I had risk parity in mind when I noted that a recent article at Financial Advisor quoted long-time awesome bond manager Dan Fuss on the state of the bond market:
Dan Fuss, whose Loomis Sayles Bond Fund beat 98 percent of its peers in the last three years, said the fixed-income market is more “overbought” than at any time in his 55-year career as he prepares to open a fund to British individual investors.
“This is the most overbought market I have ever seen in my life in the business,” Fuss, 79, who oversees $66 billion in fixed-income assets as vice chairman of Boston-based Loomis Sayles & Co., said in an interview in London. “What I tell my clients is, ‘It’s not the end of the world, but for heaven’s sakes don’t go out and borrow money to buy bonds right now.’”
The reason this intrigues me is the strong institutional interest in “risk parity” portfolios at the moment. The base idea behind risk parity is that in a typical investment portfolio, equities provide most of the volatility. A risk parity portfolio typically tries to equalize the volatility contribution of different asset classes, which often means reducing the equity allocation—and also often leveraging the bond allocation. (Equating volatility with risk is a whole different discussion.) In other words, risk parity portfolios often borrow money to buy bonds, just the thing Dan Fuss is urging his clients to avoid right now.
To me, the marker of a bubble is irrational behavior. By that standard, bonds are in a bubble. Consider that at the end of last week the 10-year Treasury could be purchased with a yield of about 2.00%. Yet, the 10-year breakeven yield was about 2.57%, indicating that a buyer of 10-year Treasurys expected a negative real return.
Is it rational to buy something with the expectation of a negative return? Think about it this way: Imagine telling a prospective client, “If you buy this stock portfolio, we expect that you’ll lose about a half percent a year for the next decade.” Think you would have any buyers? Would people bid at auction to get a piece of the action?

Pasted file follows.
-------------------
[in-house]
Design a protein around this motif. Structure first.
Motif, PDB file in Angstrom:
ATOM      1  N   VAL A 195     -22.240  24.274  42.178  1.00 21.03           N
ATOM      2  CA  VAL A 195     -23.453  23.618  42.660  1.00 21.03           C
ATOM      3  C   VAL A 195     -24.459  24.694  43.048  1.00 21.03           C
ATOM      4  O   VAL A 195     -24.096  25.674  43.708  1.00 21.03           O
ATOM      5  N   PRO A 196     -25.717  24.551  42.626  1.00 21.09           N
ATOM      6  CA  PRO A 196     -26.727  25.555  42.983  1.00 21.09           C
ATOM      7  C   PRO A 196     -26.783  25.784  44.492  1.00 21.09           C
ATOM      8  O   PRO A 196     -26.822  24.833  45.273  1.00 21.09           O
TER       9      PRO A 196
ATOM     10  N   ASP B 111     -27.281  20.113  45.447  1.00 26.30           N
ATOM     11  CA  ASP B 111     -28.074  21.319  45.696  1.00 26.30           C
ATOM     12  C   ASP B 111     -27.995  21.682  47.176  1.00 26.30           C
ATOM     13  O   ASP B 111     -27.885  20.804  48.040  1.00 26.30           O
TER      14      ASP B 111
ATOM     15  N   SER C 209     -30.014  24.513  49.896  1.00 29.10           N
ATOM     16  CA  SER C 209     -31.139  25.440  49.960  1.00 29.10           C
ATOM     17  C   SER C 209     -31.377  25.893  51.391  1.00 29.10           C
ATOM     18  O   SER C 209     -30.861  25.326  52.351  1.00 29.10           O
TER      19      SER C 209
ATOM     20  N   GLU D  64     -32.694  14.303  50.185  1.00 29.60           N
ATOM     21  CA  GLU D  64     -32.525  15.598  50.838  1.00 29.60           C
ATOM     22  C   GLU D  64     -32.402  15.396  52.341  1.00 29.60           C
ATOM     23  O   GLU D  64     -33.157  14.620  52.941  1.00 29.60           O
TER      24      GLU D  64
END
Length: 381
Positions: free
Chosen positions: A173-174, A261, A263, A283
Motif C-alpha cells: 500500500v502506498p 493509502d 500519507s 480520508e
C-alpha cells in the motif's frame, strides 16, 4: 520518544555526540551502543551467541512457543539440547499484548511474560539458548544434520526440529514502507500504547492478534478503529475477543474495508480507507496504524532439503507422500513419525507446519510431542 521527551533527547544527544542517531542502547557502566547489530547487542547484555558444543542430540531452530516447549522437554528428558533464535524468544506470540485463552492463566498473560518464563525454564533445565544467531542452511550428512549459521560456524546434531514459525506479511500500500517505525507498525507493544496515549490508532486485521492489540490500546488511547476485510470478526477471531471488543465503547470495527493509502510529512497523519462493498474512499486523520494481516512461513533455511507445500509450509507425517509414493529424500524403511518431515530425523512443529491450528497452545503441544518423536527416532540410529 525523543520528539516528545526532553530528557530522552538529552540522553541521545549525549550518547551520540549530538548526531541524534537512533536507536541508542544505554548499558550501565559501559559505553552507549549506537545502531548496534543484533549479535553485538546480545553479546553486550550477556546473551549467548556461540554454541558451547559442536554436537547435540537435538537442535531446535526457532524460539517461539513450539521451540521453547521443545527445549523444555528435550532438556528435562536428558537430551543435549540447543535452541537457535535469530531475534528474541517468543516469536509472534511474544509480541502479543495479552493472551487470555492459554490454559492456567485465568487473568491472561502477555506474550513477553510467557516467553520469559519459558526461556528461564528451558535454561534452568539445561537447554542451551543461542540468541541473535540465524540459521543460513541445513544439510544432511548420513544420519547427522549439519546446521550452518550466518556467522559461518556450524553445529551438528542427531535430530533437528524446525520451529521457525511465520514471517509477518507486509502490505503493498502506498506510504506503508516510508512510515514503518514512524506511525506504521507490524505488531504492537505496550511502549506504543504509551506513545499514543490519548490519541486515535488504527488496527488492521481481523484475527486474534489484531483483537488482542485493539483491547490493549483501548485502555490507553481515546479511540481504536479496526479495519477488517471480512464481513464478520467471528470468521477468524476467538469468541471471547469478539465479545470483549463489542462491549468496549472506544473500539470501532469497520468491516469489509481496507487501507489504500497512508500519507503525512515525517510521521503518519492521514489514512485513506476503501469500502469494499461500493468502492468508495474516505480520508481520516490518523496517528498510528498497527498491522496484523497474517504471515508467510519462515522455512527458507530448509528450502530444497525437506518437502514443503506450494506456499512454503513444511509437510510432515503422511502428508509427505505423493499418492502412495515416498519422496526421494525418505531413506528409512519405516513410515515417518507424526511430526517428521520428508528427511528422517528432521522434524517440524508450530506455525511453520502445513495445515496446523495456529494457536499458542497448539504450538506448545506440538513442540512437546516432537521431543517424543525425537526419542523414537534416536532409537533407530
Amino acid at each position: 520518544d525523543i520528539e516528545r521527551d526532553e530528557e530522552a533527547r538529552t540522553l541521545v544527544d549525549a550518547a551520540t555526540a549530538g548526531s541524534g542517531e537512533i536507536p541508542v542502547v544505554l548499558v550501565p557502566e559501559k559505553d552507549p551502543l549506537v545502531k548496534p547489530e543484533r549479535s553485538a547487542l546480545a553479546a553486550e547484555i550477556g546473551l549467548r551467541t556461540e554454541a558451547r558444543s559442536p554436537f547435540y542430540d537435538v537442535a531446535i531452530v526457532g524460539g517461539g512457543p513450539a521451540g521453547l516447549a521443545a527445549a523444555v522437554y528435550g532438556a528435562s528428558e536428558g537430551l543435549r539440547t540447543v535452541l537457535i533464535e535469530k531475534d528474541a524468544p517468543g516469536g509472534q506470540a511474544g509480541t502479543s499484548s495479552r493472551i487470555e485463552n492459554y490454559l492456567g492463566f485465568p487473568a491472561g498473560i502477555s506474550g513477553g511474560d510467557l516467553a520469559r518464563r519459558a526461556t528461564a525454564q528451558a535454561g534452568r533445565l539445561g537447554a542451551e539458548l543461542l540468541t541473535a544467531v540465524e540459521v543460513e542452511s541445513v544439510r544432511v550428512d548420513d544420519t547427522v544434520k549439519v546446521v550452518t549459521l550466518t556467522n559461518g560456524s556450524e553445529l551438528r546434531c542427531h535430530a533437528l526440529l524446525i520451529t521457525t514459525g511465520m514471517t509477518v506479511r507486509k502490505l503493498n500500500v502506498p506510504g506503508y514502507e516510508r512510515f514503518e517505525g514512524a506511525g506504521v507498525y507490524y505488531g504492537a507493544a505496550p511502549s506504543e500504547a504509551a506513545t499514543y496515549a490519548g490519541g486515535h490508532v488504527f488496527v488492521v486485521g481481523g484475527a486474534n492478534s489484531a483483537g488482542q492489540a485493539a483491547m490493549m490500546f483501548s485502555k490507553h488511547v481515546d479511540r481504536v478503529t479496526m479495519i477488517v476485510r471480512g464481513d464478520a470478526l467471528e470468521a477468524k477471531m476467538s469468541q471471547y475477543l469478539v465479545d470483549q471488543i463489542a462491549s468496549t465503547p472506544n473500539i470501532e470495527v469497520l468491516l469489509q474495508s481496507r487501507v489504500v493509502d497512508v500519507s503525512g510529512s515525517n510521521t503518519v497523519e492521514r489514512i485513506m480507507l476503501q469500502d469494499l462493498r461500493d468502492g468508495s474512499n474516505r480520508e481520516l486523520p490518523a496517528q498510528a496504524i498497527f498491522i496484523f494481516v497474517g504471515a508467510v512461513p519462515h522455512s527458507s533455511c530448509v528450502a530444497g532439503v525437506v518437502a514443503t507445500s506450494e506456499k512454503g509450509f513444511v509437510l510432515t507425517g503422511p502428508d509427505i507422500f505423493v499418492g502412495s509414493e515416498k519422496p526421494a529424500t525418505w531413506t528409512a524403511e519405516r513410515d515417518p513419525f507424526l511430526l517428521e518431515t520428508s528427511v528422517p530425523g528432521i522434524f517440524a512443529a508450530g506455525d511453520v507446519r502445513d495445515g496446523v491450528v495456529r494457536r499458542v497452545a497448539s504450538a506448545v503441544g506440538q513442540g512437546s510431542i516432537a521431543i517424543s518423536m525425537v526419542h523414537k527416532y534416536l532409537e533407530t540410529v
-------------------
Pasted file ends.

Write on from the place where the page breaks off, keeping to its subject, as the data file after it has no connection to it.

Expectations, of course, could be wrong. Maybe bonds will continue to do well for an extended period of time, or maybe buying with the expectation of a slight negative return will turn out to be a genius move because every other asset class does much worse.
The problem with bubbles is not really that they exist. Bubbles are great for investors and for the economy on the way up. Bubbles often have an evolutionary financial purpose as well—probably the foundation for many later businesses was laid during the internet bubble. Much of the first internet generation might have died off, but their offspring populate Silicon Valley now. We’ll always have bubbles, human nature being what it is.
The more specific problem with bubbles concerns the investors trapped in them as they deflate—and the absolute impossibility of determining when that might happen. It’s way easier to identify a bubble than to guess when it will pop. Trends of all types, including bubbles, can go on for a lot longer than people think.
The most practical way to handle bubbles, I think, is to use some type of trend following tactical approach. You’ll never be out at the top, of course, but you might be able to be along for much of the ride and be able to exit without extensive damage. If you’re a bond market investor today that might be one way to think about your exposure. Committing to bonds as a permanent part of a risk parity strategy, especially with leverage, is a different animal.